The residents were presented with a 45-year-old patient with a past medical history of hypertension, hyperlipidemia, and non-insulin dependent diabetes. In the scenario, the patient was involved in a roll-over motor vehicle collision 4 hours ago and was transferred to the hospital for urgent surgery. There is an open femur fracture with visible bone. Admission laboratory studies in the emergency room show a hemoglobin concentration of 8.5 mg/dL and a platelet count of 247. There is expected blood loss during the procedure. The patient reports they are a Jehovah’s witness. For the simulated scenario, a standardized patient is used to create a realistic scenario. The resident uses the SKIPS tool to conduct a discussion about the patient’s potential blood loss and explores the patient beliefs about the use of blood products. Following our simulated scenarios, residents were given surveys to evaluate the SKIPS tool. In addition, faculty evaluators were provided surveys to evaluate the tool.
Figure 1: SPIKES versus SKIPS tools for clinical discussions.
Residents and faculty were provided post-event surveys with rating scales from 1 to 5, with a 3 rating of neutral. As this was a pilot project, was had a limited number of respondents with 4 faculty and five residents surveyed. Faculty report SKIPS was helpful for a structured way to approach the discussion (5), while residents’ rate this near neutral (3.4). Faculty were more likely to use the SKIPS tool in their personal clinical practice (4.5) compared to residents (3.8), (Figure 2). The sample size was not sufficient for a statistical analysis. Overall, subjective responses from faculty and residents were favorable to continue using this communication tool.
Figure 2: Faculty and residents evaluation of SKIPS following a simulated patient discussion.
The SKIPS tool allows our resident physicians to modify a common communication tool (SPIKES) to provide a new framework for difficult physician-patient discussions. This tool may be used for a variety of other clinical discussions beyond the scenario presented here that involve providing the patient with treatment options and involving them in decision making. We had no need for remediation for this session to evaluate a resident milestone. Providing the resident with the SKIPS format prior to the session to prepare may relate to this high level of performance. We were limited in our data collection based on our small residency size. Also due to the nature of anaesthesiology clinical interactions, we have limited opportunity for this tool to be evaluated in the clinical setting. We encourage physicians in larger residency programs or other medical specialties with more opportunity to engage in these patient discussions to consider SKIPS as a tool for clinical use or consider opportunities for further evaluation of the SKIPS format.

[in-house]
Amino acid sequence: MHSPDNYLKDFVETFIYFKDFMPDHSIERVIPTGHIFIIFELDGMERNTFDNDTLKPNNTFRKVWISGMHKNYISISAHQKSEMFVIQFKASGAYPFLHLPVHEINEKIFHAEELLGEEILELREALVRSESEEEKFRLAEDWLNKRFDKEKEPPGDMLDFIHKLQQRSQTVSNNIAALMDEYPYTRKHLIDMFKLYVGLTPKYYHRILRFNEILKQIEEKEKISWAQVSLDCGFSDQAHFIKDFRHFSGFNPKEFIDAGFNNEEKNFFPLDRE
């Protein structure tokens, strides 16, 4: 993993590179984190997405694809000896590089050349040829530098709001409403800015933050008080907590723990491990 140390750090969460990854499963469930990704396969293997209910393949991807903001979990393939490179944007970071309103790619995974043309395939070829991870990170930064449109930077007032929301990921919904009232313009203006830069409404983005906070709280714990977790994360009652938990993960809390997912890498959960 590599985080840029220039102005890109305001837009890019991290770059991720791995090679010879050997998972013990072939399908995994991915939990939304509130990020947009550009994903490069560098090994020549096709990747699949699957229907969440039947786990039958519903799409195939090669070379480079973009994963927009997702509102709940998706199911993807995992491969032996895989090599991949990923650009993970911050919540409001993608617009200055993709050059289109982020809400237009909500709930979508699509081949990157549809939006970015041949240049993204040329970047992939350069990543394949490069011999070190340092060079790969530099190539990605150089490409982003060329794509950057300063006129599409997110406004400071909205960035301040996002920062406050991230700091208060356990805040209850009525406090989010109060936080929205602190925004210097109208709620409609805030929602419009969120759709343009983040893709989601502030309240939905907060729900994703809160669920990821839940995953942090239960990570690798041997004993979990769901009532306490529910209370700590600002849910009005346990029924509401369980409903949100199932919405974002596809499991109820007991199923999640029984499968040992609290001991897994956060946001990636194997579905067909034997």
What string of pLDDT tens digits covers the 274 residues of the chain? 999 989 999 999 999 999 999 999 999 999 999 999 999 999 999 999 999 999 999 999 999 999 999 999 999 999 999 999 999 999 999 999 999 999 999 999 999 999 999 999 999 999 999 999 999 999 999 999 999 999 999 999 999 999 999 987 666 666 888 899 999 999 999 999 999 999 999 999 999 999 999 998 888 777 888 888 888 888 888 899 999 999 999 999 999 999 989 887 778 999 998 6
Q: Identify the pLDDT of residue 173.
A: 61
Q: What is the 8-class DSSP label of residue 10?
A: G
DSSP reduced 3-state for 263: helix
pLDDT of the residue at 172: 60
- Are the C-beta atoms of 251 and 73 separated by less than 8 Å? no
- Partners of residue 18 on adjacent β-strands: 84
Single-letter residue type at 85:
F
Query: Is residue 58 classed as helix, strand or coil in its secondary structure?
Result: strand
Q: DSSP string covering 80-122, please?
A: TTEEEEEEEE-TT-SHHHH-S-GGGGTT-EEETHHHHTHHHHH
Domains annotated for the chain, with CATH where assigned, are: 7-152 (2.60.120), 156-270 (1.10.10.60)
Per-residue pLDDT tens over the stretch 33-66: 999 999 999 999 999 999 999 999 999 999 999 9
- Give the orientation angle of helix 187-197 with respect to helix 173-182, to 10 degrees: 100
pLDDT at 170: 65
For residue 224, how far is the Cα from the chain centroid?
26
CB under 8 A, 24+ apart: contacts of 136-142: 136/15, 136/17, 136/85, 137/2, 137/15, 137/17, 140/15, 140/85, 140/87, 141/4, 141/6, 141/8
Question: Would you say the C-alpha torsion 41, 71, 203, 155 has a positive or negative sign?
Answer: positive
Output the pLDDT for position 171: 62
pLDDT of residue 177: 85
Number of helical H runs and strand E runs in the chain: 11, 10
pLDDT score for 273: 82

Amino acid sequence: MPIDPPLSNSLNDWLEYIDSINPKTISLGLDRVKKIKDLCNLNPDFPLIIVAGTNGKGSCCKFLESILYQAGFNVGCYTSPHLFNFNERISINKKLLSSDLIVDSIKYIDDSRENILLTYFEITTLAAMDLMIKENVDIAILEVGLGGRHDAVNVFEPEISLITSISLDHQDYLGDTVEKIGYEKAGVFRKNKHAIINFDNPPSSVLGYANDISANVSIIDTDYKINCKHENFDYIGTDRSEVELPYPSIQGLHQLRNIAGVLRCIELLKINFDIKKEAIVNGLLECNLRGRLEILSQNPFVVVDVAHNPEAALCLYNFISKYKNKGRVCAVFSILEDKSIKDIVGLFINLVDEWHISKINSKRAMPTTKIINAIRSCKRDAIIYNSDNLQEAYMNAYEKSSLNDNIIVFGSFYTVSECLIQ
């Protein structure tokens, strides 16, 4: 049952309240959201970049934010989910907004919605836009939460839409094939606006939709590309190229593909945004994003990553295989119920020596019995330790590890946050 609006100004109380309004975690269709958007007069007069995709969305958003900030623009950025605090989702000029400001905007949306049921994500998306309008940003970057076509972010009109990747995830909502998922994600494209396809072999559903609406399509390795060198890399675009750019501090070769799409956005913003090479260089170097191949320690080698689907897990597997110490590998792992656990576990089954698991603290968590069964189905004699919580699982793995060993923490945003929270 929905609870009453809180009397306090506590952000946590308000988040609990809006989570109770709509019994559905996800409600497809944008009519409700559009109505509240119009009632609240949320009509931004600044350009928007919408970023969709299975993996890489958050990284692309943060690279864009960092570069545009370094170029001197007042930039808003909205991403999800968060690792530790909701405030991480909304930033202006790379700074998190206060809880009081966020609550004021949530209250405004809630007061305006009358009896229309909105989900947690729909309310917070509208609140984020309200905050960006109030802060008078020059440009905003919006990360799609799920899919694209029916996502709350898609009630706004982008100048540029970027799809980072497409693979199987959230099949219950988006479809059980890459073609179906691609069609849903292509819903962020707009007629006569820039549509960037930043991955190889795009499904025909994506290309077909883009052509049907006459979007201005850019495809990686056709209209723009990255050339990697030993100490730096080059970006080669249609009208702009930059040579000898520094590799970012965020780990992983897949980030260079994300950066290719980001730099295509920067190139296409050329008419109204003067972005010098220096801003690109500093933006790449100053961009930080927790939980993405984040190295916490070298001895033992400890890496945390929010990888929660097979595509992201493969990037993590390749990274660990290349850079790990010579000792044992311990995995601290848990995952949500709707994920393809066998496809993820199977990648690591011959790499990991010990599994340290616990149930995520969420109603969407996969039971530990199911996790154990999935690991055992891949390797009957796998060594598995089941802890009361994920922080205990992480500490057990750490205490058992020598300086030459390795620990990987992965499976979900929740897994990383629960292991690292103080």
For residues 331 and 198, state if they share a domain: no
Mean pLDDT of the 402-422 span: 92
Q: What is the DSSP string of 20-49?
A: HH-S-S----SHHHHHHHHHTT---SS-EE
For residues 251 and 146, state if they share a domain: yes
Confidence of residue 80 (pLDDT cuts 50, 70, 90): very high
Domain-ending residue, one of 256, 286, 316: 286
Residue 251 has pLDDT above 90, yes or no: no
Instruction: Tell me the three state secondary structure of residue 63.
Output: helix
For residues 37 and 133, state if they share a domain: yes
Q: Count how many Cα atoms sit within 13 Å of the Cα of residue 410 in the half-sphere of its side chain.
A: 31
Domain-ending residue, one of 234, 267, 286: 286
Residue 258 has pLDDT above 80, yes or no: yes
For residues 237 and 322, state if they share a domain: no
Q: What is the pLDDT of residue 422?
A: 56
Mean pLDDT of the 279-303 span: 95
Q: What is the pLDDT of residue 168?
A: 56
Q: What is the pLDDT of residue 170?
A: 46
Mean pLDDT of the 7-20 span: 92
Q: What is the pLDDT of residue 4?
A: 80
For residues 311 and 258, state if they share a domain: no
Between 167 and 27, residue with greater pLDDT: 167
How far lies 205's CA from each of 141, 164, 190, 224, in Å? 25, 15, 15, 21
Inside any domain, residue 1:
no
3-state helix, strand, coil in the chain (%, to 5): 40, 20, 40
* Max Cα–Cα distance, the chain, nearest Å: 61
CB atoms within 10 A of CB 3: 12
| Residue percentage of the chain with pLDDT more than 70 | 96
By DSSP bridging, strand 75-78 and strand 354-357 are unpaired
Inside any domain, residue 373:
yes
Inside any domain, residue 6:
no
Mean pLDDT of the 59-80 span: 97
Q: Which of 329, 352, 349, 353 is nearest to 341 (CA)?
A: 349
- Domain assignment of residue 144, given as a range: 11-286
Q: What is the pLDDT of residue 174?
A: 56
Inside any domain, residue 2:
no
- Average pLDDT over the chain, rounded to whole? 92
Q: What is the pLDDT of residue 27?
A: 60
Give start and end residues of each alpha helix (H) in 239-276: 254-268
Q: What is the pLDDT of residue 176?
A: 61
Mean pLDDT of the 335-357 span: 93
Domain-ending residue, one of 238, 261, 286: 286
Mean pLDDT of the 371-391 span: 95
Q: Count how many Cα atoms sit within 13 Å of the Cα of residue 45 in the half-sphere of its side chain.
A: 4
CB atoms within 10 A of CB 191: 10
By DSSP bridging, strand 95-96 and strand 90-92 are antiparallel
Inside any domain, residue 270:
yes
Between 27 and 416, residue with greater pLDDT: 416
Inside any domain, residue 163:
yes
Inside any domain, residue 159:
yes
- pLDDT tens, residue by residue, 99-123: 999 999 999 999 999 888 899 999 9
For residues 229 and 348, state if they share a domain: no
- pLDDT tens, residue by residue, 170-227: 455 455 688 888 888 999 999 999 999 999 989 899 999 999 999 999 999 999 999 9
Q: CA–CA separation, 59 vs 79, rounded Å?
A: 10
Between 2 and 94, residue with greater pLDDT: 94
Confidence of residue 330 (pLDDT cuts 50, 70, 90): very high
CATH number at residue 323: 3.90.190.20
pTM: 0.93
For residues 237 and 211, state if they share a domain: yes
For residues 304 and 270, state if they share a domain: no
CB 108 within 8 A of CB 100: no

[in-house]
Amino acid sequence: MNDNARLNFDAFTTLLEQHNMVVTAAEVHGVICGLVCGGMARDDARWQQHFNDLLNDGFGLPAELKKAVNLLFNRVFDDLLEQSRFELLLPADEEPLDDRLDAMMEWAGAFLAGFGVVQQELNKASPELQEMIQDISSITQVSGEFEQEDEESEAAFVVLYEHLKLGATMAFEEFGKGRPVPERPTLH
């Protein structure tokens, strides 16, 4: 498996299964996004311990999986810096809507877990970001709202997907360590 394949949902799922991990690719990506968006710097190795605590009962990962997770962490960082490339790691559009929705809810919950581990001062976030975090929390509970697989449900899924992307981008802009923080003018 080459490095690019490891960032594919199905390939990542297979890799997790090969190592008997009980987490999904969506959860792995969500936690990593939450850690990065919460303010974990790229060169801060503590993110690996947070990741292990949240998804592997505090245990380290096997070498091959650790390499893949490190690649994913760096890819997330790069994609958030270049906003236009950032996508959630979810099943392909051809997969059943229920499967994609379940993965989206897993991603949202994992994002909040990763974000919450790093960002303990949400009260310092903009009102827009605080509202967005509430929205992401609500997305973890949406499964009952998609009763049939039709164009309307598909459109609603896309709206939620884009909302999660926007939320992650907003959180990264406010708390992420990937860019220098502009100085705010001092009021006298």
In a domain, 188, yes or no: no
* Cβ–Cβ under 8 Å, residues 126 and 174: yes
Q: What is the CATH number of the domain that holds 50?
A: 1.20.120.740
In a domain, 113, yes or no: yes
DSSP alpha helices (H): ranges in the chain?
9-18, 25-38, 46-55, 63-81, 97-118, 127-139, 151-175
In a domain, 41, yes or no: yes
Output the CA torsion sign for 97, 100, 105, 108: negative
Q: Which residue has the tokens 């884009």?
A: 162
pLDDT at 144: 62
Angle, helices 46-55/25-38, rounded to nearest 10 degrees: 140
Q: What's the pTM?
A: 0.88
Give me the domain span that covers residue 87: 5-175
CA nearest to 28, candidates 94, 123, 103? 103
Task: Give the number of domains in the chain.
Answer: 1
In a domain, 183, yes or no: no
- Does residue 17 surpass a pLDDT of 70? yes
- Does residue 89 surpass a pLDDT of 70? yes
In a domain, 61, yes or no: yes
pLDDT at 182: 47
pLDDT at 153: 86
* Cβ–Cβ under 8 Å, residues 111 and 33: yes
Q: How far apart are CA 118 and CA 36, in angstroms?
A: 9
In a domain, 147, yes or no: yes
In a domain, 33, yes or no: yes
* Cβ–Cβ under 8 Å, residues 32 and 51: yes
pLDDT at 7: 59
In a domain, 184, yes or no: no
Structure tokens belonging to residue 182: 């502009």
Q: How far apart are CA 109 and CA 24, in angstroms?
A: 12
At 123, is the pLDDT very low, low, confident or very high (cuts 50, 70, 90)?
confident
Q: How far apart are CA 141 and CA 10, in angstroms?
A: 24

Julie M. Marshall assisted in the creation of the case and preparation of the manuscript. Michael S. Brown assisted in the creation of the case and preparation of the manuscript. Marty Runyan assisted in the creation of the case and preparation of the manuscript. Dena Higbee assisted in the preparation of the manuscript.
Article TypeShort Report
Publication historyReceived: Sat 06, Jun 2020
Accepted: Tue 30, Jun 2020
Published: Mon 13, Jul 2020
Copyright© 2023 Julie Marshall. This is an open-access article distributed under the terms of the Creative Commons Attribution License, which permits unrestricted use, distribution, and reproduction in any medium, provided the original author and source are credited. Hosting by Science Repository.
Julie Marshall Michael S. Brown Marty Runyan Dena Higbee
Corresponding AuthorJulie Marshall
Associate Professor, Department of Anaesthesiology and Perioperative Medicine, University of Missouri, One Hospital Drive, Columbia, Missouri, USA
Figures & Tables